Thanks to medical and scientific advances, people are living longer, healthier lives and are enjoying better sex in later life as a result. However, while attitudes towards sexuality and gender are arguably more easily expressed and accepting in this day and age, younger people still have somewhat of a squeamish reaction to the idea of older people maintaining a satisfying sex life.
From first hand experience working for an online sex toy retailer, I know that older people are being proactive in looking for ways to maintain their sexual health and pleasure. Some middle-aged customers feel embarrassed to be exploring new ways of expressing their sexuality, and so are surprised to learn that some of our oldest customers are octogenarians and over.
The sex lives of older people is often sensationalised in the media, almost demonising older women for having a happy and fulfilling sex life. There is a derogatory suggestion that, "You're past it, love. It's time for the youngsters to have their fun."
However, sex amongst younger people is steadily on the decline, with 44% of teenage girls and 47% of teenage boys having had sex, compared to 58% and 69% of teenage girls and boys respectively 25 years ago (2013).
Dr Jean Twenge from San Diego State University, author of Generation Me, suggests that younger people work longer hours, often live with their parents for longer or are in a shared housing environment, and are therefore self conscious of being overheard having sex (2014).
The dismissive thought concerning older people continuing to have sex in later life, then, seems contradictory: people are having sex at a later age, but still think that older people shouldn't be having sex.
With older people enjoying better quality lives during their retirement years, it seems quite unfair that they shouldn't be allowed to enjoy a good sex life because younger people think it's wrong. There's only so much Sudoku a person can do to while away the afternoon.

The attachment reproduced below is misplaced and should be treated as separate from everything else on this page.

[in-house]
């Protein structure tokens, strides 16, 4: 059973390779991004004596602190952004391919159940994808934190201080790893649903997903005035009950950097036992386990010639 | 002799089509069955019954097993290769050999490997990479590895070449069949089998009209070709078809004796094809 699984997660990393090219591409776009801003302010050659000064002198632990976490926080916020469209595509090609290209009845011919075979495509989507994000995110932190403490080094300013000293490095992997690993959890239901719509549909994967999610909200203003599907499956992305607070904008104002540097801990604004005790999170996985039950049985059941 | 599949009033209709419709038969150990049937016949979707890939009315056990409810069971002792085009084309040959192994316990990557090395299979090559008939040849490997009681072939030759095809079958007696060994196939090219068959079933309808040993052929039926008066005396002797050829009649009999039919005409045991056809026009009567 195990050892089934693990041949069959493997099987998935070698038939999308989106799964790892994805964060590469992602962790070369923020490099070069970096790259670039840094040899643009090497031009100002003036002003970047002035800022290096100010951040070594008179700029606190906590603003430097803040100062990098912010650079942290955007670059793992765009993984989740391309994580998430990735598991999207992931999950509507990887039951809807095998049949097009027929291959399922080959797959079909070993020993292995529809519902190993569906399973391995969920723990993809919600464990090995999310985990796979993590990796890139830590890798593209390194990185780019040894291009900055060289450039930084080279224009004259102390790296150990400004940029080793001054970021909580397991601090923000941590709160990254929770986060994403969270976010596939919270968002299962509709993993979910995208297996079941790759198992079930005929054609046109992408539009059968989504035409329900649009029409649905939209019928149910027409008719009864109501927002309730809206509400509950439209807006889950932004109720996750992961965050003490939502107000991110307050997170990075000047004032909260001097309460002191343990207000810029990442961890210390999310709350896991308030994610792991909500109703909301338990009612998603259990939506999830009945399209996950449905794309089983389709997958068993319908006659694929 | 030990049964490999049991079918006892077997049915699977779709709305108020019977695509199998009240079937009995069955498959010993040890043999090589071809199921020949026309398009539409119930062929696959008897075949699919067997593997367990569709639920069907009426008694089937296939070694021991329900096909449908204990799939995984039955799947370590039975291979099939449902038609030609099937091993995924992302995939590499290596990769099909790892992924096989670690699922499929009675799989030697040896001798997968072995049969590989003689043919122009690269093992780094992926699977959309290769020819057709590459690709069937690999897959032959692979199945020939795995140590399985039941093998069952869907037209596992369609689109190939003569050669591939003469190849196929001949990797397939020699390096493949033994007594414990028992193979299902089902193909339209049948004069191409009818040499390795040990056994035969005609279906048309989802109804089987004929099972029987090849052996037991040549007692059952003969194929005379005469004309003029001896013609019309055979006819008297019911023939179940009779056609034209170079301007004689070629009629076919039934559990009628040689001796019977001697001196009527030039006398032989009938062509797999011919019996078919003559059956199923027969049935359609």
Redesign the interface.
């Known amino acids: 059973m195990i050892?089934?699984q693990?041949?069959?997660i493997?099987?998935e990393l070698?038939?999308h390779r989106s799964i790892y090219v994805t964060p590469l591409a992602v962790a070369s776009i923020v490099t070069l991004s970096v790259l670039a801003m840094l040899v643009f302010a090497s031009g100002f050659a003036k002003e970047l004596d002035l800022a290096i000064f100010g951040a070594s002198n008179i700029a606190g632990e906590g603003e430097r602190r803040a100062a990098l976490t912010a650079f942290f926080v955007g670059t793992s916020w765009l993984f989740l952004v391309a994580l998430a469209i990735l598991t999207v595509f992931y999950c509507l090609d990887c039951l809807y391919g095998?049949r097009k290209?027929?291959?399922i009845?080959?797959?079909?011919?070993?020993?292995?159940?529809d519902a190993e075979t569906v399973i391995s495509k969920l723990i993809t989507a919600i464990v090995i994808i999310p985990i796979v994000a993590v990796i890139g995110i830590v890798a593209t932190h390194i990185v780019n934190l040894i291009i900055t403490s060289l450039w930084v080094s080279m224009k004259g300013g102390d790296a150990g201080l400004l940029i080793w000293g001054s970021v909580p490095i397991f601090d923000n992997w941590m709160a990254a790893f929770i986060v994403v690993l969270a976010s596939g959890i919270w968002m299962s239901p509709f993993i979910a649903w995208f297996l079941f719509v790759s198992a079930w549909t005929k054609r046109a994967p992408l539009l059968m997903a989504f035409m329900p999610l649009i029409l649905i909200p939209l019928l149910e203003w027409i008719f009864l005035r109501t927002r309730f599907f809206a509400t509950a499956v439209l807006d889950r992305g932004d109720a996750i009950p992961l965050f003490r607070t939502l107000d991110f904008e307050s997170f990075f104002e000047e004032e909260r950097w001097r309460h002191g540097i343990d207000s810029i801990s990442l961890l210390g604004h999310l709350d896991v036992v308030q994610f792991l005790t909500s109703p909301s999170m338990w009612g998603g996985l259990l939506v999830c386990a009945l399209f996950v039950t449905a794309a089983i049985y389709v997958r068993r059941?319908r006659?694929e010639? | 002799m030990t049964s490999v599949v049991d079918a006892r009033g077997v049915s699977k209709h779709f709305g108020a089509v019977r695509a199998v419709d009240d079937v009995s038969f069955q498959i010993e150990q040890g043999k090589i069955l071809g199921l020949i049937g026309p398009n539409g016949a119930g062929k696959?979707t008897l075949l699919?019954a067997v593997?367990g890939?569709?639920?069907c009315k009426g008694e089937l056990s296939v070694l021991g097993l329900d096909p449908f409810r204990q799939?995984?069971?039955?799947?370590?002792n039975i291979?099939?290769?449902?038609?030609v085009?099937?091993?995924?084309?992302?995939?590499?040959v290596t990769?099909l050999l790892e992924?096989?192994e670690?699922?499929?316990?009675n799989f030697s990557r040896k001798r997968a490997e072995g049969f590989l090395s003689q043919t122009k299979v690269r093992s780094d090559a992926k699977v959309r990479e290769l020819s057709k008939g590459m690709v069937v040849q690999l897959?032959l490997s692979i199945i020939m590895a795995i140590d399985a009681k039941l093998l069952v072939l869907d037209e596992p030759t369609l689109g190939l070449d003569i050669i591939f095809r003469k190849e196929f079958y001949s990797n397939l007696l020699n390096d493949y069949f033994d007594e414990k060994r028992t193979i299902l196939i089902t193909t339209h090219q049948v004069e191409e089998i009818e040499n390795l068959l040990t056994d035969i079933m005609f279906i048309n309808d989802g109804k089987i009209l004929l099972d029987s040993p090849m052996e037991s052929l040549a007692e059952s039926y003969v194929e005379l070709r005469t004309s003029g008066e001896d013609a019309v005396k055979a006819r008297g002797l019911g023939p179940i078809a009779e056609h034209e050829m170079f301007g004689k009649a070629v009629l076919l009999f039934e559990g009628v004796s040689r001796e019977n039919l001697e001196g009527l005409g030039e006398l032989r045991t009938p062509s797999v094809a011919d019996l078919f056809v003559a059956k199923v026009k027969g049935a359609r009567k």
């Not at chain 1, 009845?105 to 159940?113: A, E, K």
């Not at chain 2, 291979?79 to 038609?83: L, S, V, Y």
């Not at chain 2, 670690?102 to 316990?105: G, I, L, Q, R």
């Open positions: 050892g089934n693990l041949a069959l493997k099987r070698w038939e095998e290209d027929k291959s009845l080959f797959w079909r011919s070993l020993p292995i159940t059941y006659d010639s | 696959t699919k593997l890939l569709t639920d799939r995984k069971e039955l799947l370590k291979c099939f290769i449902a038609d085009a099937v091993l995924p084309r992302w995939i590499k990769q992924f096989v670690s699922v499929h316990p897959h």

This negativity towards older people maintaining a sex life often translates into the medical world too, with doctors overlooking patient's symptoms because there is an assumption that the older person is no longer sexually active. However, in 2010 it was found that the lowest rates of condom use is found among people over the age of 45, who, due to a lack of sex education, believed that they did not need to use contraception as they weren't likely to fall pregnant.
In 2016, however, it was reported that STI diagnoses in people aged 50-70 had risen by over a third in the last decade. Arguably this was down to baby boomers repartnering, or as suggested by Dr David Lee, that these older people have carried forward the more liberal attitudes to sexuality from the 60s.
What fascinates me, though, is if younger people are enjoying good sex lives, do they feel that they will have to stop as soon as they're deemed too old?
Sex can actually get better as you age, as you have a better understanding of your own body and a greater sexual knowledge gained from experience. In British sex education, there is a distinct lack in promoting sexual pleasure along with the biological aspects of sex, which perhaps is a cause of this generalisation that older people stop having as soon as their body clock winds down.
Older people enjoying better and more sex needs to be celebrated, making it a normality as opposed to something salacious or a social taboo. If we can start to generate a sex positive message, with good and clear advice on sexual health and pleasure for all ages, then perhaps certain stigmas will soon diminish.